from human rights violations from the government itself, or by others (Wetzell, 2001). Although a lack of federally-designed legislation protecting homosexuals in the workplace has served as the impetus for employers to begin such policies in procedural manuals and corporate guidelines, perhaps the most salient point Rawls makes in his writings is that ultimately, the government is responsible for such protections. This helps to drive public policy drafting and supports a national policy that ensures gay and lesbian nurses are protected from discrimination in their places of employment.
The model in which a corporate entity creates such policy defines the corporation as the institutions of practices, which may not represent the true meaning of Rawls’ Theory of Social Justice as it pertains to fairness. One more aspect of Rawls’ theory of social justice is pertinent: the principle of equality. Like fairness, equality falls into the category of poorly-defined vocabulary in how it relates to the gay civil rights movement as many describe the impact and definition of equality differently. Rawls’ A Theory of Justice (1971) defines equality as those features of human beings in virtue of which they are to be treated (Rawls, 1971). These features are to be treated in accordance with what Rawls believes are the principles of justice (Rawls, 1971).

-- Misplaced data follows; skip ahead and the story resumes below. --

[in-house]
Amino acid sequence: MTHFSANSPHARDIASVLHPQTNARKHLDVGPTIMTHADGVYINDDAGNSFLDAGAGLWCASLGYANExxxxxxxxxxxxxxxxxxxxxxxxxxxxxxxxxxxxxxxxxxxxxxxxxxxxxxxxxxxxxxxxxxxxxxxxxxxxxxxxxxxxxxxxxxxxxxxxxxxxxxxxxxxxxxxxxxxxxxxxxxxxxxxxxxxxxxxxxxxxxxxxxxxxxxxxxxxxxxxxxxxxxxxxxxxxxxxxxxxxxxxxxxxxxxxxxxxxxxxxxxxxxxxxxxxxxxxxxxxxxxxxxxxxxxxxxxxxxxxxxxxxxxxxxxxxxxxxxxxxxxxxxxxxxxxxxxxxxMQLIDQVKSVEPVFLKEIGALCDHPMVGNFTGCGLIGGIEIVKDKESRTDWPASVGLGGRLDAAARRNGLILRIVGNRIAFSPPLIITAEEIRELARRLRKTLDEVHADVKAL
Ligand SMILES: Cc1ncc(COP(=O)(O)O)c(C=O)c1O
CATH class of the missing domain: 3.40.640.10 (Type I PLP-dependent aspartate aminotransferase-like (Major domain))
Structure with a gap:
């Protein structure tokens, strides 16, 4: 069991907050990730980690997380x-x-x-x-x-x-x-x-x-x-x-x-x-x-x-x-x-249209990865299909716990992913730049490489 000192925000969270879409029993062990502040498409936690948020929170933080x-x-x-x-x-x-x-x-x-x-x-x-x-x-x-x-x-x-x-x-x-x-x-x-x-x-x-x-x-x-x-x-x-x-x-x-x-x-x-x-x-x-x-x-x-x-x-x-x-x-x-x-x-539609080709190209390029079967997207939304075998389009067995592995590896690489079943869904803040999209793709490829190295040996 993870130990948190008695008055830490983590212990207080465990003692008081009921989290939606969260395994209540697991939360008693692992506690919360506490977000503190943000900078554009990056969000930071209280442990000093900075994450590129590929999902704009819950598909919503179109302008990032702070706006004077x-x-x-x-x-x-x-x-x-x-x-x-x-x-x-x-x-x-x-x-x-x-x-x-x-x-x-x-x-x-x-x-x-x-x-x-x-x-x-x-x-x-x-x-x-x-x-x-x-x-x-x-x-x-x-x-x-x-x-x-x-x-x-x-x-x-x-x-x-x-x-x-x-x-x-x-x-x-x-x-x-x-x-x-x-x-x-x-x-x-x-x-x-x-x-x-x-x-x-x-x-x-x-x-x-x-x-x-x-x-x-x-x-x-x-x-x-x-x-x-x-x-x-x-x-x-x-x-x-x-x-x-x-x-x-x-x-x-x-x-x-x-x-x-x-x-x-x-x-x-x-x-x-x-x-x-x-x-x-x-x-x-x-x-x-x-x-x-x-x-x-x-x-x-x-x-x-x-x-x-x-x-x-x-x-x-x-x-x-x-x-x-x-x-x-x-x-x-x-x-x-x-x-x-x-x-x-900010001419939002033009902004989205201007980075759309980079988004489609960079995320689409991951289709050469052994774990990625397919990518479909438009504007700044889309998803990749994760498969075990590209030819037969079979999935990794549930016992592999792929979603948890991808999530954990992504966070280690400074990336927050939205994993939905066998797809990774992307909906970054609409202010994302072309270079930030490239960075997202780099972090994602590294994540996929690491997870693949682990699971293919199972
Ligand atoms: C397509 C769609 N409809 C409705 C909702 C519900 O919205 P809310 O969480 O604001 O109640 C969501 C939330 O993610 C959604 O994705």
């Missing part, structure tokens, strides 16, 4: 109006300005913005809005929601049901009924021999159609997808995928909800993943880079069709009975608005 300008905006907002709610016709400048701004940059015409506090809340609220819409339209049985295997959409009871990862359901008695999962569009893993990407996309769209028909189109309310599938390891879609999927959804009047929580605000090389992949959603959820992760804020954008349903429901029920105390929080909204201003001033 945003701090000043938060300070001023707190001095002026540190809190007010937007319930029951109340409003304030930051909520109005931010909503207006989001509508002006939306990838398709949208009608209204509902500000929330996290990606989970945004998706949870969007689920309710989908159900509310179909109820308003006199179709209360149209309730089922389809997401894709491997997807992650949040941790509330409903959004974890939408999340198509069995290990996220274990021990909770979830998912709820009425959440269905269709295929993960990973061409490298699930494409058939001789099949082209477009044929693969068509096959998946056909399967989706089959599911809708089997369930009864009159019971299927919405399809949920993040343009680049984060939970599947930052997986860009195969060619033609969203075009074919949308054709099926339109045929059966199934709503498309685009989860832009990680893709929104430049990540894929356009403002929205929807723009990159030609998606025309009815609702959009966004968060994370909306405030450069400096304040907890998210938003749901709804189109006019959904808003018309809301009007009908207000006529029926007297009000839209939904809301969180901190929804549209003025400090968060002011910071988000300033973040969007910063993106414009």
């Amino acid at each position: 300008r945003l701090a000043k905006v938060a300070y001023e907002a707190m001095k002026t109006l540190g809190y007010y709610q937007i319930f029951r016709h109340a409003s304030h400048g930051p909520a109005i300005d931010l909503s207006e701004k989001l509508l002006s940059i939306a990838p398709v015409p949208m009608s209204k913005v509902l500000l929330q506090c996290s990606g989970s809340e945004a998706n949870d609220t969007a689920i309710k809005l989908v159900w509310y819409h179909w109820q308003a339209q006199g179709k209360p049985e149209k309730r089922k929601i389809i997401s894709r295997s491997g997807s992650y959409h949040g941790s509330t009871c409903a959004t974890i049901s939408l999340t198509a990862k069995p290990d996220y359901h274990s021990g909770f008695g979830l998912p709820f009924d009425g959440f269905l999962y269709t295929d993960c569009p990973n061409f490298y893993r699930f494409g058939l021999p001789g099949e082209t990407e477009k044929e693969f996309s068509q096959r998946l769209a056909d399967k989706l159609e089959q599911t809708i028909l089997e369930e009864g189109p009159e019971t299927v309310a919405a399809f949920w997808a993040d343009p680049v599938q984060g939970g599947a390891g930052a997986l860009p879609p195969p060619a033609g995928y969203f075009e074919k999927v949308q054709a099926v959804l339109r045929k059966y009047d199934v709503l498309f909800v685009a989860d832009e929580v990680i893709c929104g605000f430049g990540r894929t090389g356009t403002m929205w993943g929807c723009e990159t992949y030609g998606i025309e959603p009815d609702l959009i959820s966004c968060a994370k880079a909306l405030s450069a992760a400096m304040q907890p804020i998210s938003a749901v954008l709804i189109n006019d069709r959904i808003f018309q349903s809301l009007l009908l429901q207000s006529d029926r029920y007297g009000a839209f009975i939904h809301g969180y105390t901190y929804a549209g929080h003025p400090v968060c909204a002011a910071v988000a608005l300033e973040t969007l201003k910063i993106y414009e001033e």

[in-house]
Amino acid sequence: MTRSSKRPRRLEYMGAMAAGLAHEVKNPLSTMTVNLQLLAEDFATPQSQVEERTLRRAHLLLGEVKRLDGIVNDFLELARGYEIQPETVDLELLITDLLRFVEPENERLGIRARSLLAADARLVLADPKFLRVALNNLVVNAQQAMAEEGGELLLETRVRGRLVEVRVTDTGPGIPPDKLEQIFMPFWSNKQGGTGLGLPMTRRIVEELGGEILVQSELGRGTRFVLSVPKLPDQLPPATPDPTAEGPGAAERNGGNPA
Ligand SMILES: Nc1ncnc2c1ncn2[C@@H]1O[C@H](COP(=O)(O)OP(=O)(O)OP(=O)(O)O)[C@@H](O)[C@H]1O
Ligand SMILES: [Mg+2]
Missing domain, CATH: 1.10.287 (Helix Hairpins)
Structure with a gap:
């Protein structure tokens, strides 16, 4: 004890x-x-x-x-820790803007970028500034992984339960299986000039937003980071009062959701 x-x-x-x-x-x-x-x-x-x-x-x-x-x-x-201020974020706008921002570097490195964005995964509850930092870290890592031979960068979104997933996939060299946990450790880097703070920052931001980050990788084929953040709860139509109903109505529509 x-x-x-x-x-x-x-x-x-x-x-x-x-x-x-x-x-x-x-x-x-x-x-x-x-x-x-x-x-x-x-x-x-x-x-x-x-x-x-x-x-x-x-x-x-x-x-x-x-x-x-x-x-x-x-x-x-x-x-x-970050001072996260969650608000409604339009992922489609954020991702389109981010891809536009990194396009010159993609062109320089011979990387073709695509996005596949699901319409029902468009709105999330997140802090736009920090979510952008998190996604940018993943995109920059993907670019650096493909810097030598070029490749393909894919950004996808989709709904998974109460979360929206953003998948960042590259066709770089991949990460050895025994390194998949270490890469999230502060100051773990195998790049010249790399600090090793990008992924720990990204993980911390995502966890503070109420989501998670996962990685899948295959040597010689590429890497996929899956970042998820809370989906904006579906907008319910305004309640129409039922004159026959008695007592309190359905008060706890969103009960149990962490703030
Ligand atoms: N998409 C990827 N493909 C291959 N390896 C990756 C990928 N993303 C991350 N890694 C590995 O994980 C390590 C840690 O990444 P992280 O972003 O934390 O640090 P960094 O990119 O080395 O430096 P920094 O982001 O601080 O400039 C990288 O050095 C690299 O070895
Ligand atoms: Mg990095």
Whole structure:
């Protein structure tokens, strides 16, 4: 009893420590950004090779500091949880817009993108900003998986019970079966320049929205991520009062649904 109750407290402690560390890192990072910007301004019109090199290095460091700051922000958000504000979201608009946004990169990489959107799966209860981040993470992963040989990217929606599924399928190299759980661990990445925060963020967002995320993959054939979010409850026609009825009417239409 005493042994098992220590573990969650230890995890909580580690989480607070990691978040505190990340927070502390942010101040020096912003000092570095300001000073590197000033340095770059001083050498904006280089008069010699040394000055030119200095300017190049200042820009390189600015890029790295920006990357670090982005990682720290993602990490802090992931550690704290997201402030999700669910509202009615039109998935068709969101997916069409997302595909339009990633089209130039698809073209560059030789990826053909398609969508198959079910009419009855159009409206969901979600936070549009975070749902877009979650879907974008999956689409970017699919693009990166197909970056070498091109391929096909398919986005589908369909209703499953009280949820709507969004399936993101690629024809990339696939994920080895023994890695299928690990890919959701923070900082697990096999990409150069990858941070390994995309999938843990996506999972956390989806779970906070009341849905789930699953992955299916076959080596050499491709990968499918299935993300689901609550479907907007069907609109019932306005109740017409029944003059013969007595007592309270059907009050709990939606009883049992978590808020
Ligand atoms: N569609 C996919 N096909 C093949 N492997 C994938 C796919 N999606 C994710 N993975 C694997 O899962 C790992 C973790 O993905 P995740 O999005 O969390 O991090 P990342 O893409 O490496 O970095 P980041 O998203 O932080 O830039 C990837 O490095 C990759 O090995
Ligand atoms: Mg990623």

In addition to discussion of governmental failure to protect gays and lesbians from harm as contrast to Rawls’ theory as related to fairness, equality principles and definitional differences of Rawls’ theory to current American societal